I have an article up on The Curator today about A.S./Pete Peterson's amazing forthcoming novel, The Fiddler's Gun. As you will read, I enjoyed every single page.*
However, in my eternal curiosity about everything, I asked A.S./Pete** way too many questions to fit into my article. Sooo, here are some outtakes from our interview that I found particularly interesting . . .
Jenni: What did your parents do to turn you and Andrew into such good writers?
Pete: It’s funny how often people ask me that, and I still don’t know the answer. I don’t recall being read to at home more often than most kids or being taught any differently, but my Dad was, and still is, a preacher. For my entire childhood I was forced to go to church twice on Sunday and once on Wednesday and in general, I tried as hard as I could to hate it.
My Dad is a great speaker, though. He’s well-read and knows how to pack his sermons full of revelatory stories and illustrations from great literature. What I recall very keenly about my Dad’s sermons was the way he told his stories. He knew how to draw out dramatic pauses, how to vary his voice to build tension, and how to deliver an important line with passion. I was easily drawn into that kind of oral storytelling and from early on, I think I understood that stories were a means of making complicated ideas palatable - a way of saying more than one thing at once. I loved listening to those portions of his sermons and I think I’d be a fool to assume that they didn’t help to shape my own writing.
Who are your literary influences?
My earliest memories of being truly struck and amazed by a story go back to Tolkien. I must have read The Lord of the Rings twenty times before I was out of high school. In that same time period, I became a fan of Stephen R. Donaldson’s Thomas Covenant books which I’ve now gone back and read as an adult and am still amazed and moved by them. I think being so strongly affected by those two works early in my life was instrumental in the style of storytelling I prefer today. I’m very much drawn to books and movies and even music that revolve around characters who deal with an oppression of tragedy, pain, and darkness and yet despite the world around them and despite even themselves, they manage to find and cling to even the dimmest of lights.
As an adult, I see that same theme running through much of the literature I love: books like Dostoyevsky’s Crime and Punishment; Jayber Crow and Hannah Coulter by Wendell Berry; Hugo’s Les Miserables or The Hunchback of Notre Dame; Godric by Frederick Buechner; The Book of the Dun Cow by Walt Wangerin, Jr.; even movies like Magnolia, Children of Men, or The Shawshank Redemption.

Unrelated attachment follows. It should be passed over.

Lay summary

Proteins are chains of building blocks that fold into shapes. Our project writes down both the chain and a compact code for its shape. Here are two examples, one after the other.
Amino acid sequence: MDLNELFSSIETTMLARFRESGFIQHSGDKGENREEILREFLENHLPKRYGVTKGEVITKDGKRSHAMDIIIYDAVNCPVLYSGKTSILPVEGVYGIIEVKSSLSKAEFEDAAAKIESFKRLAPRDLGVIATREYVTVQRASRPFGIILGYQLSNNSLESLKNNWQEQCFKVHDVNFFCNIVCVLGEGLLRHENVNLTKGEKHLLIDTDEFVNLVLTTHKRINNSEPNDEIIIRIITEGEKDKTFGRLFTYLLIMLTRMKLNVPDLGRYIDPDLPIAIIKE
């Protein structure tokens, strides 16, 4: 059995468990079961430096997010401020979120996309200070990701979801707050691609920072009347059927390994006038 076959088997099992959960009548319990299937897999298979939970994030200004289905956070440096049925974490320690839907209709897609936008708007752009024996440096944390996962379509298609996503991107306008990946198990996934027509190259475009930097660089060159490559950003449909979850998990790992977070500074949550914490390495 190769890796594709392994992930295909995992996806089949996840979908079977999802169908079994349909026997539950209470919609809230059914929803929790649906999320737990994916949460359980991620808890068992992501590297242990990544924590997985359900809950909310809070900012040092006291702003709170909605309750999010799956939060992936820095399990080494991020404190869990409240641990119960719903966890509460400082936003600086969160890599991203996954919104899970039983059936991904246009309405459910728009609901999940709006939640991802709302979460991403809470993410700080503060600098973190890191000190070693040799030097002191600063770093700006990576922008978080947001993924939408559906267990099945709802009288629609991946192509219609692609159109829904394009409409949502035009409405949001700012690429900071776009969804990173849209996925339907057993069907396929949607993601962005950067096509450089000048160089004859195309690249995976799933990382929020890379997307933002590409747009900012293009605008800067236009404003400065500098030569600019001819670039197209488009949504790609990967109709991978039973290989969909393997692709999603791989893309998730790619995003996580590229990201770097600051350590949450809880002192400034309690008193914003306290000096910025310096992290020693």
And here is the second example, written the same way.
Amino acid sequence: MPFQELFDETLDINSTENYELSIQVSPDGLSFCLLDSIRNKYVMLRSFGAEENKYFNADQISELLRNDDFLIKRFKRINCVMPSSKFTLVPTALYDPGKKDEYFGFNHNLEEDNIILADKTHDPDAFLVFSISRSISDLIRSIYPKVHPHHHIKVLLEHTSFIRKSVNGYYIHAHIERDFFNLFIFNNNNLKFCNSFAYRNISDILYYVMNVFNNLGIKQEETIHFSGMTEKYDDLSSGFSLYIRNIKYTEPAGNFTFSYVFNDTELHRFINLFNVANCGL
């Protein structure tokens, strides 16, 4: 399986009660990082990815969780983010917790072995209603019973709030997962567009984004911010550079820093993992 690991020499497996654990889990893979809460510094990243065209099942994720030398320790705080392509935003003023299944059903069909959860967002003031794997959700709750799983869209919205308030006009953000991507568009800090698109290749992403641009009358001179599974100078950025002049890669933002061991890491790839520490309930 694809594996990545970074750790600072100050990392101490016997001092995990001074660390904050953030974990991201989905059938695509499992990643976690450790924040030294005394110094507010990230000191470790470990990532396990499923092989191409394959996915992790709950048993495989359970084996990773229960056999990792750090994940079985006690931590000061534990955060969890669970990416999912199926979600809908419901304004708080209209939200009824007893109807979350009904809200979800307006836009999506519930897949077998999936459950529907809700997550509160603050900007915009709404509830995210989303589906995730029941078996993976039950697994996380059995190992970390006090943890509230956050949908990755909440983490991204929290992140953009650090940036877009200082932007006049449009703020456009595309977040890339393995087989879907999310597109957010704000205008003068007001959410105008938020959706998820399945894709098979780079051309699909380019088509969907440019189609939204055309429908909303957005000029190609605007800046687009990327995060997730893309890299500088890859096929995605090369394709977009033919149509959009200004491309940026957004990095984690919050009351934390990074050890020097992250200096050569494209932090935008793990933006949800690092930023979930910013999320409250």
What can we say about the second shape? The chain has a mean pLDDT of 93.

I noticed this quote by Frederick Buechner on an introductory page of your book:
“The story of any one of us is in some measure the story of us all.”
I also noticed that quote in the artwork of Eric Peters’s latest album, Chrome, and it resonates with me, too. Why did you share that quote with your readers?
It’s an invitation to see beyond the simple narrative of the story. One thing that separates a good story from a great one is the extent to which a reader is able to see him or her self in it. And it’s worth remembering that the reason we tell stories to one another is that they’re a means of communicating things that we might not know how to say otherwise - a way of showing another person who you are and what you think of the world around you.
Are you nervous at all that real books will one day disappear?
I have a Kindle and I love it. It’s great for traveling and taking my library with me, or for buying that new bestseller that I’m curious about but know that I won’t be keeping on my bookshelf. Electronic reading is something that’s going to become commonplace, there’s no doubt about it, but I don’t think books are going anywhere. In fact, I wonder if it won’t force books to be better designed, to be more of an art form. If a new book comes out with an ugly cover, cheap paper, and poor typography, why not buy the digital version? On the other hand, put out something that’s beautiful to look at, to hold, to smell, and feel the weight of in your hand, and I’ll buy the hardback any day of the week.
Any words of advice and/or encouragement for aspiring fiction writers (such as myself)?
First, read, read, read. And don’t just read good books. I’ve learned as much from reading bad books as I have from reading great ones. Sometimes it’s more important to understand what not to do.
And secondly, discipline. In Malcolm Gladwell’s Outliers, he talks about the 10,000 hour rule. It’s the idea that you’ve got to spend ten thousand hours doing something before you achieve mastery of it. That chapter of his book had a big effect on me. I realized that if I’m sitting around watching TV, every second I spend doing that I’m getting better at watching TV. So why not spend my time getting better at writing? Just like any other form of art, it’s a matter of practice. You aren’t going to be great the first time out, or the second, maybe not even the seventeenth. But by the time you’ve hit that ten thousand hour mark, you’ve got it mastered. Then you’re ready to do something that’s truly great. I think about that all the time. What would I rather be getting better at doing?
* - You can pre-order The Fiddler's Gun right here. I highly advise that you do so.
** - The author's dual name is explained in my article . . .